The Presidential Advisor and Special Envoy to the Middle East, Dr. Alwi Shihab, visited BYU on October 10, 2006. His forum address was a historic occasion. It was unprecedented for a member of the Quorum of the Twelve to introduce a guest speaker—not with just a few words, but with a significant message. In "Building Bridges of Understanding: The Church and the World of Islam" and "Building Bridges of Harmony through Understanding," President Packer and Dr. Shihab emphasize that radical interpretations of religion threaten all—Christians, Muslims, and those of other faiths.
Some critics of the Smith family have suggested that their behavior at the deaths of Alvin and Joseph Sr. are indicative of mental instability. Not so, says Dr. Samuel Brown. In his insightful and thoroughly researched article "The 'Beautiful Death' in the Smith Family," he shows that their bereavement fits comfortably within the "Beautiful Death" culture of antebellum America.
Karl G. Maeser's influence upon Brigham Young University and its sponsoring church cannot be underestimated, but what, we might ask, created within this gifted teacher an insatiable curiosity about Mormonism at a time when missionaries were not even allowed into his country? The surprising answer, suggests A. LeGrand Richards in "Moritz Busch's Die Mormonen and the Conversion of Karl G. Maeser," is an anti-Mormon book written by a prestigious German journalist and editor.
In the early 1920s, an economic depression hit Utah. The Church was suddenly faced with an unfortunate decision: maintain the colleges and academies the Church already operated or pull completely out of academic instruction to make way for religious education and the growing seminary program. In "Charting the Future of Brigham Young University: Franklin S. Harris and the Changing Landscape of the Church's Educational Network, 1921-1926," Gordon Daines examines the ways in which BYU President Franklin S. Harris paved the way for Brigham Young University to remain the Church's institution of higher learning, while other LDS colleges and academies around the state were closed or sold.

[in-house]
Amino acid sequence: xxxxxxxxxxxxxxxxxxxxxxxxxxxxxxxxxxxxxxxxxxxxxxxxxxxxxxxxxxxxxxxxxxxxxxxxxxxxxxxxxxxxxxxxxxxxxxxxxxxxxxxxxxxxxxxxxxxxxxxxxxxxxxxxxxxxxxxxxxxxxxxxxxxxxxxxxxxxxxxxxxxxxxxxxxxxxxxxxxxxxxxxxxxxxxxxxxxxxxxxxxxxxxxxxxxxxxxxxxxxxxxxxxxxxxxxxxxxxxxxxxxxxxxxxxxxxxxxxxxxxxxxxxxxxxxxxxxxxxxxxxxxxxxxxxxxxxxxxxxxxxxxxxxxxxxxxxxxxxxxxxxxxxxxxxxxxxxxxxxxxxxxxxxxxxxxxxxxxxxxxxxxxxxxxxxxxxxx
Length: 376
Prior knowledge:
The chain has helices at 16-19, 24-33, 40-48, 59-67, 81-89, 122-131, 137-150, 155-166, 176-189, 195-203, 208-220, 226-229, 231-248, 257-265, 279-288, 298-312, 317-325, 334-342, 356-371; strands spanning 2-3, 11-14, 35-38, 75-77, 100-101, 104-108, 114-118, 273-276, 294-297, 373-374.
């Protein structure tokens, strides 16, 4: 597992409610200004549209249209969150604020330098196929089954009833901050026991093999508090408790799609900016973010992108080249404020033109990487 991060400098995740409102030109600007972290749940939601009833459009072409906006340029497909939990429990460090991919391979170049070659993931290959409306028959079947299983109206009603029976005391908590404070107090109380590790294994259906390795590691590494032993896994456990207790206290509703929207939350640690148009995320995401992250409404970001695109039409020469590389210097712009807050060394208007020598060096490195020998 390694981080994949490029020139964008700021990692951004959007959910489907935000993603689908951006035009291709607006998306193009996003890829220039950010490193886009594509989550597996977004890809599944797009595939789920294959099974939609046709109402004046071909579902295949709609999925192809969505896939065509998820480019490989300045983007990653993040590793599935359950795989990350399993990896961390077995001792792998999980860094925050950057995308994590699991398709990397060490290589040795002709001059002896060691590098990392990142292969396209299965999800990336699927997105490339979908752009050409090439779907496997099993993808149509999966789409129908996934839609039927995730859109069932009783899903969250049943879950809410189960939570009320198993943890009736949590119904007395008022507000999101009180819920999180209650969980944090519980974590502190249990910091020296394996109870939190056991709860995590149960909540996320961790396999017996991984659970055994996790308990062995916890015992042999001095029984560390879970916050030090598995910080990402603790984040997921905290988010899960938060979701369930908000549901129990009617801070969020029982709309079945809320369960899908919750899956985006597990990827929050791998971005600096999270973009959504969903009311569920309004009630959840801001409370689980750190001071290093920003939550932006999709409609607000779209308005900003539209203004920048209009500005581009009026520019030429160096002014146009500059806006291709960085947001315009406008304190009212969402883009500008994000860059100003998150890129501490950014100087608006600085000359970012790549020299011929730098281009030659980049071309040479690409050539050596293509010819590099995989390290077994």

In "Strangers in a Strange Land: Accessing the Experience of Latter-day Saint Expatriates Families," James Toronto discusses the pros and cons of living the LDS expatriate life. Complete with stories from his personal interviews, Toronto discusses the effect expatriate life has on family relationships, personal testimonies, and respecting cultural diversity.
"This was, frankly, the most fun I had ever had in the Church," writes Kendall Moss, referring to his experiences in Guinea, Africa. His article, "Alhamdulilah: The Apparently Accidental Establishment of the Church in Guinea," highlights several conditions that converged at just the right time so that a Church branch could be formed in that country.
Mark B. Nelson and Steven C. Harper bring to light recently discovered court documents of a trial that sent Martin Harris to jail.